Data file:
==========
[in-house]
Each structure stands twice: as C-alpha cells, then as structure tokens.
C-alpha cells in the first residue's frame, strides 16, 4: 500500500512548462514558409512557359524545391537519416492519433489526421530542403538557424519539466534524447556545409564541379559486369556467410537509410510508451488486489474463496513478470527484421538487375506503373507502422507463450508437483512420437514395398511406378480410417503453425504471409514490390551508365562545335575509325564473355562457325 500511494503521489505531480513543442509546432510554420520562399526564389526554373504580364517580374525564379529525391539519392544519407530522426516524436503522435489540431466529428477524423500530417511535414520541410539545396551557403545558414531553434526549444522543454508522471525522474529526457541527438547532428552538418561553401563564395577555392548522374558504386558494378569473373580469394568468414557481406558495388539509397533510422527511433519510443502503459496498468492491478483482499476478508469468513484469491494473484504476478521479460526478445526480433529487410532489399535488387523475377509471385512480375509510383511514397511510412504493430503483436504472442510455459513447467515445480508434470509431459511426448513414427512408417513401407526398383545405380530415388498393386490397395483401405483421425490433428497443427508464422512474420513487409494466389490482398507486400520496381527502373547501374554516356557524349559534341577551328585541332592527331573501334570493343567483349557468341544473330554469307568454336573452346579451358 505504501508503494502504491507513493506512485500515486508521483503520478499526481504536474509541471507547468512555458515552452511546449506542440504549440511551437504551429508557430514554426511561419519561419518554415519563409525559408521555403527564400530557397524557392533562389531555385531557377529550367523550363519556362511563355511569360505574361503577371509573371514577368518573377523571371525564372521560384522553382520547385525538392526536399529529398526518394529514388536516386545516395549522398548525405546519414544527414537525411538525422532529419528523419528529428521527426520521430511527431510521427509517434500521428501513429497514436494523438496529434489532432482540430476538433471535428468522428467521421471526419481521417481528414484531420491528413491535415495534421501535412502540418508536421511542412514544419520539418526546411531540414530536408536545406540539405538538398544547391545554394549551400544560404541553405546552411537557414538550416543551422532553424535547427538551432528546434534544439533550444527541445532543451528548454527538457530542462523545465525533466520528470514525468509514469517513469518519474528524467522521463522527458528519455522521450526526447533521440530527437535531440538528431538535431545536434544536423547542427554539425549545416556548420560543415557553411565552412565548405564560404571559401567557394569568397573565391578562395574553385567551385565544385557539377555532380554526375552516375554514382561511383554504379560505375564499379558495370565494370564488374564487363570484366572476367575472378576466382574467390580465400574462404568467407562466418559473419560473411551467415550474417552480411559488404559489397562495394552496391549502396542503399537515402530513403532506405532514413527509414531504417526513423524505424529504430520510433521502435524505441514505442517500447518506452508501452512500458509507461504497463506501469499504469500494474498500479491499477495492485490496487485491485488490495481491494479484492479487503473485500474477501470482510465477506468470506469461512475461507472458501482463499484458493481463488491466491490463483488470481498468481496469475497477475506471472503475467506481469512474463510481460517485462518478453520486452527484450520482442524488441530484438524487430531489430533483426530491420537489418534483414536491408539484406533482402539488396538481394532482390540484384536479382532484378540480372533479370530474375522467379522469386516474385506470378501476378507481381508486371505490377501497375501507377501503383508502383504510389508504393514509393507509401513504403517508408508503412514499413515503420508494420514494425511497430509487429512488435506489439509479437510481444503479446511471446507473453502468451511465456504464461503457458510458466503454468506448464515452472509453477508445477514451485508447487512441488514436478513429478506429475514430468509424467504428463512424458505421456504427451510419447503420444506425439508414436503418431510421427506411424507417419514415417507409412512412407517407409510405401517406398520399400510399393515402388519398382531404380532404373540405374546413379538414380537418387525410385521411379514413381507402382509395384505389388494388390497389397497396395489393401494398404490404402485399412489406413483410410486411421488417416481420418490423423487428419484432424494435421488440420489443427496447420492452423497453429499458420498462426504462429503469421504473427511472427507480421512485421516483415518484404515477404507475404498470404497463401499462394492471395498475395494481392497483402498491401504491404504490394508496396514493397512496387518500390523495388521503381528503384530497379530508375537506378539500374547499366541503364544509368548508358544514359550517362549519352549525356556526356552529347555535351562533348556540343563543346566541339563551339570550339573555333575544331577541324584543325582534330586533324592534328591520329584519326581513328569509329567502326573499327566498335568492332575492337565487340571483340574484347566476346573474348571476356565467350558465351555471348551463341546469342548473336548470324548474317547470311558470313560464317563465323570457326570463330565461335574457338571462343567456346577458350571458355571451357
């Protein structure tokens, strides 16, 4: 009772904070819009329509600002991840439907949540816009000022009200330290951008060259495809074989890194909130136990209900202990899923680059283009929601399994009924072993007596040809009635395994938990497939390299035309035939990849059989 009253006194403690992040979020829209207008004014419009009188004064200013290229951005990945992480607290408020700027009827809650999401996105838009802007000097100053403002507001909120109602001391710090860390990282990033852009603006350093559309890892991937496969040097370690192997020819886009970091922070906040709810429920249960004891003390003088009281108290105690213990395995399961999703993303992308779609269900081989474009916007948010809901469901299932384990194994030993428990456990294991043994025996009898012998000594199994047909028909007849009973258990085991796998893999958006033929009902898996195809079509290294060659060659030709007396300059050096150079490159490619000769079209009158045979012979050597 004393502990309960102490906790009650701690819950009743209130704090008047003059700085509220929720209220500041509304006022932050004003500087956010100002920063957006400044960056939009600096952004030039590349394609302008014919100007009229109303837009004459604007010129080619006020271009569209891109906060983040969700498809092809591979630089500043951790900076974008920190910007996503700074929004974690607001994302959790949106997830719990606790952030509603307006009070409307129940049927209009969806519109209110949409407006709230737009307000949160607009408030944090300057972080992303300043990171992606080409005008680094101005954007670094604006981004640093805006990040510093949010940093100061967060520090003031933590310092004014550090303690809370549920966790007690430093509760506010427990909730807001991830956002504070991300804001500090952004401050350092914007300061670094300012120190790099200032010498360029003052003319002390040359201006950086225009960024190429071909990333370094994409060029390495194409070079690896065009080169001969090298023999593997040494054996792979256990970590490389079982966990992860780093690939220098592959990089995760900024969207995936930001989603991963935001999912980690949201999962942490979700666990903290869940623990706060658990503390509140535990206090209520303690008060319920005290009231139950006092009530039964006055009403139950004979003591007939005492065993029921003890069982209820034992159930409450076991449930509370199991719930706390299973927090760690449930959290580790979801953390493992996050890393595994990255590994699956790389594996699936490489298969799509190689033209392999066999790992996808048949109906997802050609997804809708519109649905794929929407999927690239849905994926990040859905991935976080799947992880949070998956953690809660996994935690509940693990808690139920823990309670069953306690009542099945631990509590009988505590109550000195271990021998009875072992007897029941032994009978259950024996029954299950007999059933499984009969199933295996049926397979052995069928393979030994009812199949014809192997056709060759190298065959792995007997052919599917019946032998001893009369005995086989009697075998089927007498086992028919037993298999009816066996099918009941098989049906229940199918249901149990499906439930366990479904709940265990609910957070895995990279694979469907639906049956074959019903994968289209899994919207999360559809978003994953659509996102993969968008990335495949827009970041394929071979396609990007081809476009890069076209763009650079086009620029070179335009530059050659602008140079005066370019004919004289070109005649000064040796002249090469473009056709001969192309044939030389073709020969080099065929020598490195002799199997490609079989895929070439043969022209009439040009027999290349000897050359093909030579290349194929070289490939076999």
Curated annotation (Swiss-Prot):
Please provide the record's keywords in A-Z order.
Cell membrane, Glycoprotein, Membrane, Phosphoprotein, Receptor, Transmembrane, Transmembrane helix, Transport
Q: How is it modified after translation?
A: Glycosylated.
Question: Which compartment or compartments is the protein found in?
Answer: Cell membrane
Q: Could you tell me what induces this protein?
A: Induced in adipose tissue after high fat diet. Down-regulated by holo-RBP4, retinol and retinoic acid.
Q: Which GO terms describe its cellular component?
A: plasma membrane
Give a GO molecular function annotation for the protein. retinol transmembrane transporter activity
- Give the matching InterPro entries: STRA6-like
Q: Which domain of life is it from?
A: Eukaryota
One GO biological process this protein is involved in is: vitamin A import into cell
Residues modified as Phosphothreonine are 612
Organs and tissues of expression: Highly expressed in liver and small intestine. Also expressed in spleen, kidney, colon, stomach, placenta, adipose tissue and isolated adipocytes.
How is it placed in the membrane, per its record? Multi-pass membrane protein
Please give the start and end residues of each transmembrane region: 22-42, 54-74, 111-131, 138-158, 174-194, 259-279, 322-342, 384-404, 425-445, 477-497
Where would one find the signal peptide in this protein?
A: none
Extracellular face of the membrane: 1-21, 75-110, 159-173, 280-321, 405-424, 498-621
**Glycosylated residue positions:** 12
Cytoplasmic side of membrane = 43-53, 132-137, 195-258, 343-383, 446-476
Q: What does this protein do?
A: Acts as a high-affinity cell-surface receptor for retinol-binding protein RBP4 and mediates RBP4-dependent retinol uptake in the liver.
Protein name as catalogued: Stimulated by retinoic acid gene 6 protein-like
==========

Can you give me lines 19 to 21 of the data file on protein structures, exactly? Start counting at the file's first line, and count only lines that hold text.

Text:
A: Eukaryota
One GO biological process this protein is involved in is: vitamin A import into cell
Residues modified as Phosphothreonine are 612